Innovative Solutions To Climate Change
Professor Manfred Lenzen, Dr Christopher Dey & Dr Joy Murray
Scientists Put Planet's Health on the Menu
That tinned tuna and salad sandwich you had for lunch might satisfy your hunger, but it could end up costing the earth, quite literally.
Working out whether or not the planet will pay the price for our eating habits is the focus of Australia's Integrated Sustainability Analysis (ISA) team, which is leading the world in determining the environmental cost of what we produce, buy and eat.
Led by Professor Manfred Lenzen, Dr Christopher Dey and Dr Joy Murray in the School of Physics at the University of Sydney, the research team develops tools and methodologies to address sustainability issues, and provides consulting and educational programs to government, non-government organisations, private companies and individuals in Australia and overseas.
Its pioneering work into carbon footprint analysis has won the ISA team the 2011 Eureka Prize for Innovative Solutions to Climate Change.
The prize is part of the Australian Museum Eureka Prizes, the most prestigious awards in Australian science. The winners were announced last night at a star-studded evening for the country's most inspired minds.
The Eurekas', as they are fondly known, have become the most coveted science awards in this country. Every scientist knows a ‘eureka' moment comes after decades of singular dedication, deep inquiry and rich collaboration. Receiving an Australian Museum Eureka Prize is regarded as a pinnacle achievement for any Australian scientist.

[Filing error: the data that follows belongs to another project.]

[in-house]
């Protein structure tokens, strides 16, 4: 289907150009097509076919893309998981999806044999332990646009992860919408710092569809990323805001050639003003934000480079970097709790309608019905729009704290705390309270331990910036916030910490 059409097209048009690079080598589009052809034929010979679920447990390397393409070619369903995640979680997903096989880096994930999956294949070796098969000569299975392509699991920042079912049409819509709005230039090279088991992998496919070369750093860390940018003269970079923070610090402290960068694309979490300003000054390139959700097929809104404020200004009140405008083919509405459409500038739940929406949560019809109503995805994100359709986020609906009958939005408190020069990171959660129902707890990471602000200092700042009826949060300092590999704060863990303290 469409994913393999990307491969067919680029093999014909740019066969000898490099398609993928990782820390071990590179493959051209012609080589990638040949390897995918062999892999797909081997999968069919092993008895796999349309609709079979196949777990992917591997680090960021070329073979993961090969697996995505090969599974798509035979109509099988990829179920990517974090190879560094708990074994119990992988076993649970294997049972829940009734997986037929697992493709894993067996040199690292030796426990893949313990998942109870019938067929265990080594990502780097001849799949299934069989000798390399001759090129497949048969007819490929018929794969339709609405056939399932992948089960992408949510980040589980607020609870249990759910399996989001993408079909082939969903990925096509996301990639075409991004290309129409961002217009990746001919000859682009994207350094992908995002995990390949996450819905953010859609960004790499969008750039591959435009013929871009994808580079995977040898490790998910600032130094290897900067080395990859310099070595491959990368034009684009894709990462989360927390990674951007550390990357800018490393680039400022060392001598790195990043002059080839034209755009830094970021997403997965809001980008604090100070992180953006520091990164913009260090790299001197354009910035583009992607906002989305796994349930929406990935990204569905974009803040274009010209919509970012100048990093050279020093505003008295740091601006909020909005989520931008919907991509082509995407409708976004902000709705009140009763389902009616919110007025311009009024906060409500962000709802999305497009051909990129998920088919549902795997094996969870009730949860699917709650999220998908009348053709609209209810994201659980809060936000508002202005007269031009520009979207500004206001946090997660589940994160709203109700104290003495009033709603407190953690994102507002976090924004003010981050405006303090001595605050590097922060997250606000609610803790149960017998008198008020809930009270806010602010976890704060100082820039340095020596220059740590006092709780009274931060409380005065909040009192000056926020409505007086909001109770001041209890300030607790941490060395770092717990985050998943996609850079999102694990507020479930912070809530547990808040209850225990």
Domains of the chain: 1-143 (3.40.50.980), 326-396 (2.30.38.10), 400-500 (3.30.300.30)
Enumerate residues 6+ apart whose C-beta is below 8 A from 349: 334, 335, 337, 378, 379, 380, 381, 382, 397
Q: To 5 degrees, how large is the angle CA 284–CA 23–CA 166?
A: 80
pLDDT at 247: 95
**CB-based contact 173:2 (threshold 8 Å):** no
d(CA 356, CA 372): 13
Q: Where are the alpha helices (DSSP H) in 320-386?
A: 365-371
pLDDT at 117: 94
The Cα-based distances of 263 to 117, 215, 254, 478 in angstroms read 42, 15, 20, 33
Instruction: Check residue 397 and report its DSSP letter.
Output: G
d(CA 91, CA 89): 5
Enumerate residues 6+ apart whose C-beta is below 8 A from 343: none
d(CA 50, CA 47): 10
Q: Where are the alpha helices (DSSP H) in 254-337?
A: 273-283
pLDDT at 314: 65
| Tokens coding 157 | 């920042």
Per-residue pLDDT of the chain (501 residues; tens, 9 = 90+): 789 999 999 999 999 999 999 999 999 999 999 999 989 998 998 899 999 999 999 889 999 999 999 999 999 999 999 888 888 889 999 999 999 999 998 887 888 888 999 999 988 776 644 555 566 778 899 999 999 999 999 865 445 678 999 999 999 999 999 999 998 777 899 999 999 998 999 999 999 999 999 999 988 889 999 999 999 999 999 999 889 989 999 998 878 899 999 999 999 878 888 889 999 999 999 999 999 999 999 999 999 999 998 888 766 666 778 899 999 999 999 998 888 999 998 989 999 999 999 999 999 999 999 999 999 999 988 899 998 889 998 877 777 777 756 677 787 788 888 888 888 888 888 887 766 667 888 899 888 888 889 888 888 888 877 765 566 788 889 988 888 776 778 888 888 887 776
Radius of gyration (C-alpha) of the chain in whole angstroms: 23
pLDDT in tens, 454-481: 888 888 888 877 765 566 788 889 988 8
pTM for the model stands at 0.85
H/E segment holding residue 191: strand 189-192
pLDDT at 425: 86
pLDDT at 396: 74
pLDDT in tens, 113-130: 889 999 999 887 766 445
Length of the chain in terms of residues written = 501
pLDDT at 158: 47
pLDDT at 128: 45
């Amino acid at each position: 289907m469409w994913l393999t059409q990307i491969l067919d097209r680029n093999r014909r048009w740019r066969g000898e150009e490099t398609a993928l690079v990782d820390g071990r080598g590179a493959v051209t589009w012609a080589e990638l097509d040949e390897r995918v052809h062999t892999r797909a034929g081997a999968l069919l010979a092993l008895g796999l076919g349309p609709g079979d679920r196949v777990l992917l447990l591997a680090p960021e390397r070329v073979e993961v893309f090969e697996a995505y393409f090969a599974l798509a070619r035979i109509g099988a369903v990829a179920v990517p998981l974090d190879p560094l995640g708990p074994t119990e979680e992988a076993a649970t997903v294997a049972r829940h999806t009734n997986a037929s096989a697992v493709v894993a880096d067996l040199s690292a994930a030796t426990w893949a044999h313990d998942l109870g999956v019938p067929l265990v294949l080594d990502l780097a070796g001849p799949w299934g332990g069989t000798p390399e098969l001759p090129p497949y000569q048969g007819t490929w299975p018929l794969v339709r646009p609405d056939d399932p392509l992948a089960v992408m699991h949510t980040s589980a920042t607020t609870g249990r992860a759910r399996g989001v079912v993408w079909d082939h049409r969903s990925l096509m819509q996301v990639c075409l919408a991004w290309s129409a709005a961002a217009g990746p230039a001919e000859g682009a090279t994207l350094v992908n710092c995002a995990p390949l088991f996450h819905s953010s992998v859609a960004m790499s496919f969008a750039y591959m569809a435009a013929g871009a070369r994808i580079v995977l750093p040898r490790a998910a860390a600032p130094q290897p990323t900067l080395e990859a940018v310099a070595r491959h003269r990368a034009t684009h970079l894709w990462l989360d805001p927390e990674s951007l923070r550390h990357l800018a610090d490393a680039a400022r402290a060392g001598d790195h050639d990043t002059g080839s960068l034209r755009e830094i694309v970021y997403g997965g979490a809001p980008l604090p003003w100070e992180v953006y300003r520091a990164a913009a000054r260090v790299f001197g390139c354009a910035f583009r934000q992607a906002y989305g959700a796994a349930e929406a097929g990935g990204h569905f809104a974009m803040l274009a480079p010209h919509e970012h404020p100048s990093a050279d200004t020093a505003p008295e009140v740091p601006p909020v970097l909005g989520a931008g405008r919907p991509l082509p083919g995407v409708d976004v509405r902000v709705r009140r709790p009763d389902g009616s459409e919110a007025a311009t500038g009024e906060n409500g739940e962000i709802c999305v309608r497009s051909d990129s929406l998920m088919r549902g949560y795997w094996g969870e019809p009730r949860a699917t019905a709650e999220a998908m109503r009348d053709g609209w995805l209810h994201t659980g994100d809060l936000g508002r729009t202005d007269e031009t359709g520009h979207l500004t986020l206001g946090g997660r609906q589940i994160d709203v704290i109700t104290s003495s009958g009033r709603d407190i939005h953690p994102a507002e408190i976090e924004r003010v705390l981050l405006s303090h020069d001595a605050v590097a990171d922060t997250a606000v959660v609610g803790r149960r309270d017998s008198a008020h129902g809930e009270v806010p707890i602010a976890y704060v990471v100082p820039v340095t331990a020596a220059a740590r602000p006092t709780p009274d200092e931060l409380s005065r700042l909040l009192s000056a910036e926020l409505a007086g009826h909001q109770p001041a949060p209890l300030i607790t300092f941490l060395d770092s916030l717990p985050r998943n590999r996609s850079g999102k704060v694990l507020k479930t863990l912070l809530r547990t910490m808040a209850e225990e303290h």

"A major challenge around climate change has been to accurately identify which economic decisions are contributing most to environmental pressures," says Frank Howarth, Director of the Australian Museum. "The ISA team has created an ideal tool for identifying anthropogenic (human) sources of climate change and other environmental pressures in an accurate, comprehensive and interconnected way."
The multi?disciplinary research group uses a hybridised version of an economics tool known as input-output analysis that allows the assessment of environmental impacts from cradle to grave.
It tracks back through the entire supply chain to the raw materials, enabling a full analysis of environmental, social and economic consequences and identifying problem areas in the chain.
Such a perspective is crucial in understanding the drivers of greenhouse gas emissions and, therefore, climate change. It is one thing to calculate how much energy it takes to bake your bread, but it is also vital to understand factors such as the energy that is consumed milling the flour; the diesel required for the transport of wheat; and the energy used to manufacture the truck.
ISA's philosophy is that both producers and consumers contribute to pollution, waste, climate change and resource depletion. Attributing responsibility to both not only makes intuitive sense; the realisation also advances the promise of policies that are viewed as fair by a wide range of stakeholders.
The $10,000 NSW Office of Environment and Heritage Eureka Prize for Innovative Solutions to Climate Change is awarded to an Australian individual, group or organisation for work that demonstrates a commitment to pursuing innovative solutions to the challenges posed by climate change.
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Dr Chris Dey
The University of Sydney, NSW
Professor Manfred Lenzen
The University of Sydney, NSW
Dr Joy Murray
The University Sydney, NSW